Having trouble keeping your plants alive? Fret not: A talk and a plant clinic at the Singapore Garden Festival (SGF) will give you basic gardening tips as well as the chance to consult a horticulture expert.
Dr Wilson Wong, who has helmed The Straits Times' Root Awakening gardening column for more than 10 years, will give a talk followed by a question-and-answer session at the festival. The talk will touch on the basics of gardening and, in a nutshell, teach people "how not to kill our plants".
During the clinic or Q&A session, people can tap him for tips on how to grow certain plants or tackle other garden-related problems.
They should take along photos - either physical ones or on their mobile phones - of their gardens and plants. Close-up shots, photos from different angles and information about the growing conditions - how much sunlight they receive, for example, and whether they are grown indoors or outdoors - would also be helpful.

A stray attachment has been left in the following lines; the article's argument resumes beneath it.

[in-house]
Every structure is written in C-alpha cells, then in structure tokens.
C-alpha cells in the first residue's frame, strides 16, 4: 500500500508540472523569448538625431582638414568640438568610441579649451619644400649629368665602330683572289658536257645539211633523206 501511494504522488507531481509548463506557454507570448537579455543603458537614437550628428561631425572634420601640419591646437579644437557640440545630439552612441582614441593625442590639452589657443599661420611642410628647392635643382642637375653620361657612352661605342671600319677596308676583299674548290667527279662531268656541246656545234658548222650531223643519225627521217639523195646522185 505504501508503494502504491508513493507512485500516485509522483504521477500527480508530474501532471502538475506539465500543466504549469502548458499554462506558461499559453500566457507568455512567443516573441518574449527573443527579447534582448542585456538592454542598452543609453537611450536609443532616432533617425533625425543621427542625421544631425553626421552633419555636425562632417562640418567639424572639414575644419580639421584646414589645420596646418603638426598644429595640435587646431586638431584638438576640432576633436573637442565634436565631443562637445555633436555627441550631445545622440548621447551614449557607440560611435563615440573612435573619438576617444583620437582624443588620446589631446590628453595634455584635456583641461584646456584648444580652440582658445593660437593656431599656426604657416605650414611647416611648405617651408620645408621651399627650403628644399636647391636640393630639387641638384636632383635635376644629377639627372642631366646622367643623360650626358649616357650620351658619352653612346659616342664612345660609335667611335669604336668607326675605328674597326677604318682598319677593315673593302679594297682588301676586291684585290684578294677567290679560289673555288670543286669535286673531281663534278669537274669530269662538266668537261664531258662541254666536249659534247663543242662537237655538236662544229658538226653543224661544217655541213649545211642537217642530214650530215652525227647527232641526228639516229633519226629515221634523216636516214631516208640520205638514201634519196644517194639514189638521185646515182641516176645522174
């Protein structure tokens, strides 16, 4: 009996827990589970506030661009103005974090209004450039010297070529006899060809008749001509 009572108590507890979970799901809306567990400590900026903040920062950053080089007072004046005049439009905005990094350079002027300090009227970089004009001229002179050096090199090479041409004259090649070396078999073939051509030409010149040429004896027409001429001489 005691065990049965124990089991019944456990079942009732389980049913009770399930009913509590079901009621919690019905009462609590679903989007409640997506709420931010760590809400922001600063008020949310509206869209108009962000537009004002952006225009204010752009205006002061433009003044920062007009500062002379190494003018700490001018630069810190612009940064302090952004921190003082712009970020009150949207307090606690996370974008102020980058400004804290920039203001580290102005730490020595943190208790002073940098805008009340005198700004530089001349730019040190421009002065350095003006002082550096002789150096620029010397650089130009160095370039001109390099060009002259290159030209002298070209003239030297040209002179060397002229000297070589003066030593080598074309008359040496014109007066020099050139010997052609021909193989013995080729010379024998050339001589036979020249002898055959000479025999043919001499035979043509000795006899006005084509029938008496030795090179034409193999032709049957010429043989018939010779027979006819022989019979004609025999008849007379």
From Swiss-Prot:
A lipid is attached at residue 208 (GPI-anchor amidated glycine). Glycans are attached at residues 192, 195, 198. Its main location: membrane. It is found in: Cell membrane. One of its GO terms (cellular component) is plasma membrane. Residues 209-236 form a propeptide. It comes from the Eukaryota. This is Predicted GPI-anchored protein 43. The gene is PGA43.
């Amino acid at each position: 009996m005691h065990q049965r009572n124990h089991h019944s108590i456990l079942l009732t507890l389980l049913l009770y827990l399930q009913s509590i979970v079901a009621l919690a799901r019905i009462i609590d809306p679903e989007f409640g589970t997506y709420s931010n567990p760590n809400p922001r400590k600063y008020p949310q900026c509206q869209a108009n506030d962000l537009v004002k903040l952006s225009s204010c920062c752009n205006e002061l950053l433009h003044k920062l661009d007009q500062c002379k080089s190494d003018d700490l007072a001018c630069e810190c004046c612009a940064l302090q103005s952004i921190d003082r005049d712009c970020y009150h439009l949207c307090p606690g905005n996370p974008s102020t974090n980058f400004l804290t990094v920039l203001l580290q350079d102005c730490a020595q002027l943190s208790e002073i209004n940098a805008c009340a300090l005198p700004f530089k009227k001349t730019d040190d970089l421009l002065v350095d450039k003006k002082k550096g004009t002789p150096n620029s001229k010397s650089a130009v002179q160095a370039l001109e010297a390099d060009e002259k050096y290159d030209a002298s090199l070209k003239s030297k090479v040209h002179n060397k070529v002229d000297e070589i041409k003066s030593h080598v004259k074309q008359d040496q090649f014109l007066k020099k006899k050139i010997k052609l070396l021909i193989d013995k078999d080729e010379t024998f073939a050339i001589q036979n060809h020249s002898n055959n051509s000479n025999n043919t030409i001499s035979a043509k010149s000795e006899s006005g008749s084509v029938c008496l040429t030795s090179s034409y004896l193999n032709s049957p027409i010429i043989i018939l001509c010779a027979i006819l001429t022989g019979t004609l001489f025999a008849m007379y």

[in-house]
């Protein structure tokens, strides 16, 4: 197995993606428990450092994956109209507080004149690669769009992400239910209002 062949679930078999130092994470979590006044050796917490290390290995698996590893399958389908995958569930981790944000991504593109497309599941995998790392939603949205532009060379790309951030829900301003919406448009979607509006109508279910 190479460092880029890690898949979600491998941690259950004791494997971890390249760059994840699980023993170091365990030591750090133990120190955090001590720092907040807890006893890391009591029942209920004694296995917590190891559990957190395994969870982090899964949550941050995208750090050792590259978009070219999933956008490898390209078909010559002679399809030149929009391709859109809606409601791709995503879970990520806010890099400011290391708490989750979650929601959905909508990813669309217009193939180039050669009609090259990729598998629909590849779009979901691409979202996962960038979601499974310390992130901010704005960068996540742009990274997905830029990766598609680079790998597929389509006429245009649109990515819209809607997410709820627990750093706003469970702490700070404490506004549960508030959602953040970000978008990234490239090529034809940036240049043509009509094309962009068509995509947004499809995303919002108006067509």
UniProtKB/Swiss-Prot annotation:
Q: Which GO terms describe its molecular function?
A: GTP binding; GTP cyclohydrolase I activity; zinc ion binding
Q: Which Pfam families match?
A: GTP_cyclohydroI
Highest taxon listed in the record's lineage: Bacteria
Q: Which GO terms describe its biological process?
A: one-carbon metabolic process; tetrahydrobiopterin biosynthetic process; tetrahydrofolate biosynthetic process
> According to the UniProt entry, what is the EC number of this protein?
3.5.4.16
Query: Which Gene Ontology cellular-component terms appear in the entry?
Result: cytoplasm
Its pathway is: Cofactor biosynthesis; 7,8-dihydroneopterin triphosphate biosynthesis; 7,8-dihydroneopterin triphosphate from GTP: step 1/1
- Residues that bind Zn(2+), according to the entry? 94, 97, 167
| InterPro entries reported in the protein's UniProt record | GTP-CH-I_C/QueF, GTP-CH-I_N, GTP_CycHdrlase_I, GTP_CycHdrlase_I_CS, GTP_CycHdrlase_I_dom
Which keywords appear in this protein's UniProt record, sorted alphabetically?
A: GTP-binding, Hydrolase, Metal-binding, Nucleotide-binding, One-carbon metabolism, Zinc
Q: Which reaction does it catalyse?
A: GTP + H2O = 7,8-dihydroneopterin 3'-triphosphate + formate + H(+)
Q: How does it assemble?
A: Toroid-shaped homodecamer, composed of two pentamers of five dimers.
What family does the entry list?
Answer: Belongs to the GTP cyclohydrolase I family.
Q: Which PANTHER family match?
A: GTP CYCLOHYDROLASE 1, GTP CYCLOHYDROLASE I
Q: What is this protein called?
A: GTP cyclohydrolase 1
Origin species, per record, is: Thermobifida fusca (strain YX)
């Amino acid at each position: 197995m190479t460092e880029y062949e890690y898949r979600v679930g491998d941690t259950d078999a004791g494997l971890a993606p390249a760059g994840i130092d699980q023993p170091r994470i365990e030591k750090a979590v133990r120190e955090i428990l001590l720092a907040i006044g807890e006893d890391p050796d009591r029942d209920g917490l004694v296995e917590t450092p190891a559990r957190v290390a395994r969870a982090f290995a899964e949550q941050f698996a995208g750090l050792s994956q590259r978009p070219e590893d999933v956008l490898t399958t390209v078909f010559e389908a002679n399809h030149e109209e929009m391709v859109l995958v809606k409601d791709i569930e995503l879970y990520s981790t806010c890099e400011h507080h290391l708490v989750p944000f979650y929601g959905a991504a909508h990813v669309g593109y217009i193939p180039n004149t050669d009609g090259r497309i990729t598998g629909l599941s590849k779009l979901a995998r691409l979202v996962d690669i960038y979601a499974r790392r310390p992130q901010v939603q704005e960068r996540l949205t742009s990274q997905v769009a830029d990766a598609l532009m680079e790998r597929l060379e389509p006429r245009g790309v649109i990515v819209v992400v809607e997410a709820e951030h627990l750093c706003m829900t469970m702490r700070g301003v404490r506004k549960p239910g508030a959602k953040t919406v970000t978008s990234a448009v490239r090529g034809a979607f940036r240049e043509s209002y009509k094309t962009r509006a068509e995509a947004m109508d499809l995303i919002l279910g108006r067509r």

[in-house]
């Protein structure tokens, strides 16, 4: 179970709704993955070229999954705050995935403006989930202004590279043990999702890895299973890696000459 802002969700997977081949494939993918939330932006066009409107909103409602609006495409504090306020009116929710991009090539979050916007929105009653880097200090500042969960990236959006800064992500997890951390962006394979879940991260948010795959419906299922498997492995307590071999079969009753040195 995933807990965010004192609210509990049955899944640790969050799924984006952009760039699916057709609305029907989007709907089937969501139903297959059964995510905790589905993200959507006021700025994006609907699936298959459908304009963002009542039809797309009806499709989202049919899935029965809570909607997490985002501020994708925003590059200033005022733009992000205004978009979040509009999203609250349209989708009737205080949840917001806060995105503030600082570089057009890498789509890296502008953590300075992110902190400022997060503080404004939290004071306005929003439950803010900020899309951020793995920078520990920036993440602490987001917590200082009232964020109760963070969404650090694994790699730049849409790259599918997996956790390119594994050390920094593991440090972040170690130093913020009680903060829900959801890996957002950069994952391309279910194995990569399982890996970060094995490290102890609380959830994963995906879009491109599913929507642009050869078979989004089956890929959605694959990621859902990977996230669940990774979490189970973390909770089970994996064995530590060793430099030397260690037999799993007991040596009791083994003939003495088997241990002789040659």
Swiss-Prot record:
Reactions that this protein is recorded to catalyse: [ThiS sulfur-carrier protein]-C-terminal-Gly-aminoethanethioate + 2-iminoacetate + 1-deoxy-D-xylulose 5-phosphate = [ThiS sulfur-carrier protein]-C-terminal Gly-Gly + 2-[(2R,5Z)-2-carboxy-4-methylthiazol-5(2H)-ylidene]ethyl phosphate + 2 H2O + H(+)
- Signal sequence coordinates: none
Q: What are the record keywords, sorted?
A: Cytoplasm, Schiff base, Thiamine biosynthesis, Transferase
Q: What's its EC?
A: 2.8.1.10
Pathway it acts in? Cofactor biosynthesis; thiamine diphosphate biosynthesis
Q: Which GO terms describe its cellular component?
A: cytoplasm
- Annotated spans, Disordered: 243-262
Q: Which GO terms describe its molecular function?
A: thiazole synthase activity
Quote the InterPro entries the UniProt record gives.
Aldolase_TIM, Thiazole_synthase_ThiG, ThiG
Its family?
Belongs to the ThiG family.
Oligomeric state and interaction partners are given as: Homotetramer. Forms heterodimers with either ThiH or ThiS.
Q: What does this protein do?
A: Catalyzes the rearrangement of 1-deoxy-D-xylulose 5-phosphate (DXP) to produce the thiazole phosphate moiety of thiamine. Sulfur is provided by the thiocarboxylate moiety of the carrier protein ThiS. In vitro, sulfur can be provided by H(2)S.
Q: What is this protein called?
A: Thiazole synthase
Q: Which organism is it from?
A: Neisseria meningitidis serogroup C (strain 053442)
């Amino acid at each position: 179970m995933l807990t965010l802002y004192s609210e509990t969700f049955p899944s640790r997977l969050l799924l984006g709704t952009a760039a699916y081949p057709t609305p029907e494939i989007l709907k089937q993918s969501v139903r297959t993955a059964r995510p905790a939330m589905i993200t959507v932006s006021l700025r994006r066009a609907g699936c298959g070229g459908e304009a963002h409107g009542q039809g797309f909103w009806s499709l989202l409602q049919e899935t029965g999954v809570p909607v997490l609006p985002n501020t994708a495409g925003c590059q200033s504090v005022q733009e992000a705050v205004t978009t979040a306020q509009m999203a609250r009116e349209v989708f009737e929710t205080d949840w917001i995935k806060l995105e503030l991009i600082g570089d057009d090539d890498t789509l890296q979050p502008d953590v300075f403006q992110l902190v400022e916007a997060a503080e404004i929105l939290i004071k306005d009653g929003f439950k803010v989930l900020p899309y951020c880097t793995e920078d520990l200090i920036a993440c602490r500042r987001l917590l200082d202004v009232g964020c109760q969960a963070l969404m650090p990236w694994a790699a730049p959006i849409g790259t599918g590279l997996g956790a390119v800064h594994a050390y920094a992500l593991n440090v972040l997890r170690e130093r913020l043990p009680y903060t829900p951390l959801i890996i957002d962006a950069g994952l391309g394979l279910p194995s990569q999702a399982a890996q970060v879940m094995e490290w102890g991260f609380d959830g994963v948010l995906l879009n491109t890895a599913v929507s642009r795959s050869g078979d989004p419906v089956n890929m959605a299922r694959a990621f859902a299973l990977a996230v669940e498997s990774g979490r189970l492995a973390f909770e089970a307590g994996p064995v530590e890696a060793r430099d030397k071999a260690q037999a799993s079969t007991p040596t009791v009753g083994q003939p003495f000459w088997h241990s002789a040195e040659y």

The talk and Q&A session will be held on July 22 and are open to SGF ticket-holders.
Dr Wong, 39, is deputy director of horticulture and a curator of palms, shrubs and ornamental plants at the Singapore Botanic Gardens. He has a PhD in herbal drug discovery from the National University of Singapore, where he is now an adjunct assistant professor in food science and technology.
During the talk, he will also speak about common garden pests and plant diseases.
BOOK IT / GARDENING MADE EASY: DEALING WITH COMMON PESTS AND DISEASES
WHAT: As part of the Singapore Garden Festival (SGF) 2018, to be held at Gardens by the Bay from July 21 to Aug 3, horticulturist Wilson Wong will give a talk on common garden pests and diseases followed by a plant clinic. SGF ticket-holders can take along photos of their diseased plants to find out how to treat them.
WHERE: The Meadow, Gardens by the Bay, 18 Marina Gardens Drive
WHEN: July 22, 5pm (talk), 6pm (plant clinic)
ADMISSION: Free for SGF ticket-holders
"The most common misconception people have about pests," he adds, "is that gardeners want to totally eradicate them from their garden in the quickest manner."
Pests are part of a garden's ecology and over-using pesticides can do more harm than good.
There are also the "good guys" - spiders, bees, butterflies and earthworms - which help with pest control, pollination and garden waste recycling.
• The Straits Times is the official media partner of Singapore Garden Festival 2018.